Having said that, should we not challenge such a grand – if not grandiose – term, the Theory of Everything. It seems to take a limited view of what we mean by that all encompassing word. Such an explanation would, in the end, simply be one of the material universe and the aspects of that universe described by physics alone. It wouldn’t help us decipher the genome, for example, or indeed, the untangle the nature of consciousness. As such, it would ultimately have very little to say about the experience of living; that deeply subjective narrative in which we live out each of our lives.

For me, science is not just a steady procession of unassailable facts, produced dispassionately by purely rational means. It is also a process of trial and error, instinct and hunches, driven often by profound curiosity. The story of the history of our understanding of light itself, demonstrates this point well. Perception is so crucial to living everyday life as we all know yet, when used more precisely, it can become also an instrument of scientific inquiry as well as artistic scrutiny, as the three artists in this exhibit demonstrate in very different ways. But we cannot have perception without light and our ideas about light has had a long and interesting history.

Ibn Al-Haytham

The standard version tells us that in antiquity, Plato among others, proposed what is called the ‘Emission Theory’, arguing that light travelled from the eye to the object it perceived in a direct line. We clearly now know this to be wrong. What may come as a surprise was how long Emission Theory persisted, but also that it wasn’t, in fact, that giant Newton (again) who first overthrew it, though this is taken as the standard narrative in the history of science. No, this notion of light was proposed six centuries earlier by the Persian scholar Ibn Al-Haytham (popularly known as Alhazen) who conducted a series of experiments on light while under house arrest, proving irrefutably that light travels in straight lines from the object of observation to the eye, demonstrating this fact by creating (most probably the first) camera obscura in his small room by placing a heavy black curtain across it and making a small aperture at its centre, the rooftops and spiking minarets of Cairo projected upside down onto the wall opposite. It is this last detail - upside-down - that proves the assertion. Alhazen also first explained refraction, reflection, spherical aberration and the magnifying power of lenses, though sadly little if his work and findings were disseminated in Europe, and Newton certainly wasn’t aware of his forerunner. This is not to reduce Newton’s claim also on these ideas and he was, indeed, the first to explain the spectrum of light that Keats found so anathema to his sensibility and feeling for the natural world. For me, this history alone becomes a fascination in itself. It reminds us that science doesn’t always proceed linearly and is, in the end, also a very human undertaking. In short, there is a story to science that goes beyond a mere ledger of facts and falsities.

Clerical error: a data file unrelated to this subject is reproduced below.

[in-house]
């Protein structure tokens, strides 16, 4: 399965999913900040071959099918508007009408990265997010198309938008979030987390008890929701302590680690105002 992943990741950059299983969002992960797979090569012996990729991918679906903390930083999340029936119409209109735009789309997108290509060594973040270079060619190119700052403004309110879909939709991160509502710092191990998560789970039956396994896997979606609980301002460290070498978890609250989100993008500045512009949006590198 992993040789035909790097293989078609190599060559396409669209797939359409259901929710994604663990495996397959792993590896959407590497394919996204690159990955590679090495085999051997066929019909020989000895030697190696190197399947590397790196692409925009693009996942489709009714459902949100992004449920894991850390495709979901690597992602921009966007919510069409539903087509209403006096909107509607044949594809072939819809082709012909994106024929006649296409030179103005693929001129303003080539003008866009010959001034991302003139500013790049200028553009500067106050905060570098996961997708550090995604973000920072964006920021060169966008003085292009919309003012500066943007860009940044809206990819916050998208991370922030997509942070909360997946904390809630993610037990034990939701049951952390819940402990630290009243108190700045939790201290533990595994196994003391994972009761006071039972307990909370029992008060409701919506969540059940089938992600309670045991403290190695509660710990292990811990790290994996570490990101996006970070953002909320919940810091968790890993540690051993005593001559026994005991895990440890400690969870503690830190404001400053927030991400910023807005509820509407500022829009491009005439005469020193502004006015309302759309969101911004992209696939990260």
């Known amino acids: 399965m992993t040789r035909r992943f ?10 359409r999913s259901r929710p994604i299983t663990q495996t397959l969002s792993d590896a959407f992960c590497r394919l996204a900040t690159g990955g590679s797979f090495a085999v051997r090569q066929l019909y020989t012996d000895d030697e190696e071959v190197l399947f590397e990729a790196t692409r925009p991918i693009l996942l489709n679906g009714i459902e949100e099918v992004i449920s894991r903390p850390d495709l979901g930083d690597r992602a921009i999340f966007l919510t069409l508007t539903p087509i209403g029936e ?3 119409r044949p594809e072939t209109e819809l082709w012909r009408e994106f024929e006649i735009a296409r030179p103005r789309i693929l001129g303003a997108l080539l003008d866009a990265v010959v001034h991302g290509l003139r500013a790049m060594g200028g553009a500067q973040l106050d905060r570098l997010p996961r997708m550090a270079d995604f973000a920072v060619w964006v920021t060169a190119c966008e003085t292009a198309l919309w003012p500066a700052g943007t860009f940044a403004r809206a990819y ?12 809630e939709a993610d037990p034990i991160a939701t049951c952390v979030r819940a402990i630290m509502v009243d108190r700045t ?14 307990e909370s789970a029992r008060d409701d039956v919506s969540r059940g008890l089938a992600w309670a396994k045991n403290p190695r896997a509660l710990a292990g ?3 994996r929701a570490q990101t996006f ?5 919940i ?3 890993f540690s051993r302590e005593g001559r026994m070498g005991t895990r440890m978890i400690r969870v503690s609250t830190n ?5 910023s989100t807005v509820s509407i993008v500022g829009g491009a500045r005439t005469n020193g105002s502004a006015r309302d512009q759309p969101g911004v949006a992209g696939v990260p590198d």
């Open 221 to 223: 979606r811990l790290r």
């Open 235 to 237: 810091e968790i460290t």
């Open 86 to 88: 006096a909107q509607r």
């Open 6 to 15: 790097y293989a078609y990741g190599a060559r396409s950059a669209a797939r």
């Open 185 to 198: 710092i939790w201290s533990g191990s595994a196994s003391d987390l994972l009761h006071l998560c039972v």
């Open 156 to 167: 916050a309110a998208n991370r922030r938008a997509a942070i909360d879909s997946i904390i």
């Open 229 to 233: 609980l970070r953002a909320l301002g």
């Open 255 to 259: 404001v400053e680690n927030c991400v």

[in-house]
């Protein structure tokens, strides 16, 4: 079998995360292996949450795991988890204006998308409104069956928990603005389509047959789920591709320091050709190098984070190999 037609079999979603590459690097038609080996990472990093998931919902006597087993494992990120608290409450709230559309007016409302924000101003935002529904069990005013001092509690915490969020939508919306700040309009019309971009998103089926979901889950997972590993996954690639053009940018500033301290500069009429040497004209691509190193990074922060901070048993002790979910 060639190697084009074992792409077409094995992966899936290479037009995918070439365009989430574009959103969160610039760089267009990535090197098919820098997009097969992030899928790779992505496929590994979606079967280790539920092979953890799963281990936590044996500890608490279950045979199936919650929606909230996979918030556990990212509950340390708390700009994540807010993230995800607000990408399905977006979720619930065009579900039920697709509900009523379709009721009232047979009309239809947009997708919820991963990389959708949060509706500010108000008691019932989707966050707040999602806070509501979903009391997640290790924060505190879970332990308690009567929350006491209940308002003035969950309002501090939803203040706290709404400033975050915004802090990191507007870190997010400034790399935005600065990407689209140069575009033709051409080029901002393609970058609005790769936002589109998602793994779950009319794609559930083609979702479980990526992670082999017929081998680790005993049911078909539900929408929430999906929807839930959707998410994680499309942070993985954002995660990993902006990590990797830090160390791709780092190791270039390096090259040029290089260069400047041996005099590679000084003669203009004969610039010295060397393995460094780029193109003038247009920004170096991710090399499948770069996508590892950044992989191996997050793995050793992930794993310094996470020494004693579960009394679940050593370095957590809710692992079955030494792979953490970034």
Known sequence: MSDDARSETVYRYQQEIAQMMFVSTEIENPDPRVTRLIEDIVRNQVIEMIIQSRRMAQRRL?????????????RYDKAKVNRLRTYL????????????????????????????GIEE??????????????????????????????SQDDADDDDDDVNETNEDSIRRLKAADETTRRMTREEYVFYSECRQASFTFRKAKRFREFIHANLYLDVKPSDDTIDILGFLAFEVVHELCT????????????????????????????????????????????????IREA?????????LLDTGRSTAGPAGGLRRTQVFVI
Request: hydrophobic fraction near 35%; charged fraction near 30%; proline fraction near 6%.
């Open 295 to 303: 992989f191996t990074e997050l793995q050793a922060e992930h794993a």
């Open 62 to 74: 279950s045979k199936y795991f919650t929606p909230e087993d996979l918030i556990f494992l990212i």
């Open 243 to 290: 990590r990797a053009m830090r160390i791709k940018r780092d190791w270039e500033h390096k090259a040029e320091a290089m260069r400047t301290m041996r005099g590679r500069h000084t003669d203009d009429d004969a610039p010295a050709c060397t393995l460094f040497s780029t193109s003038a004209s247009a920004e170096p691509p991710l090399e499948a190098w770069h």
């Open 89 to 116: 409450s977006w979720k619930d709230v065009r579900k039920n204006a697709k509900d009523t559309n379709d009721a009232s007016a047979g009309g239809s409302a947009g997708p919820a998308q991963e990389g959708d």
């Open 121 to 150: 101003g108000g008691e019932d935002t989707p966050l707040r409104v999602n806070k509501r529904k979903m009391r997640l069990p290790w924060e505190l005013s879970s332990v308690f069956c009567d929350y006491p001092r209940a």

And where then does art stand in such a schema? It’s hard to know what possible direct function it may provide to science, at least within the realms of its own methodology. Some would say, I’m sure, it has nothing to offer at all. And for art’s part, does science unweave the rainbow as Keats’ suggested and rob nature of its direct power over our imaginations? Can artists exploit the insights of science and yet bestow on it to the quality of imaginative encounter?

Cassandra Eustace 'What Lies Between Repeated Differences'

I think it is fair to argue that while science offers no criticism of the arts, it also offers no real meaningful place for it in its own enterprise and perhaps this is at the peril of potential hubris. It is certain in recent years, that there is a kind of slippage going on in  science towards an attitude of all-knowingness – or, at least a quest and belief to reach such a point in the future. However, it does sometimes seem that this quest is pursued at the expense of (and respect for) other modes of knowledge such as art, myth and experience itself, furtively moving  towards a general disenchantment through explanation, both in terms of the natural world and our place within it.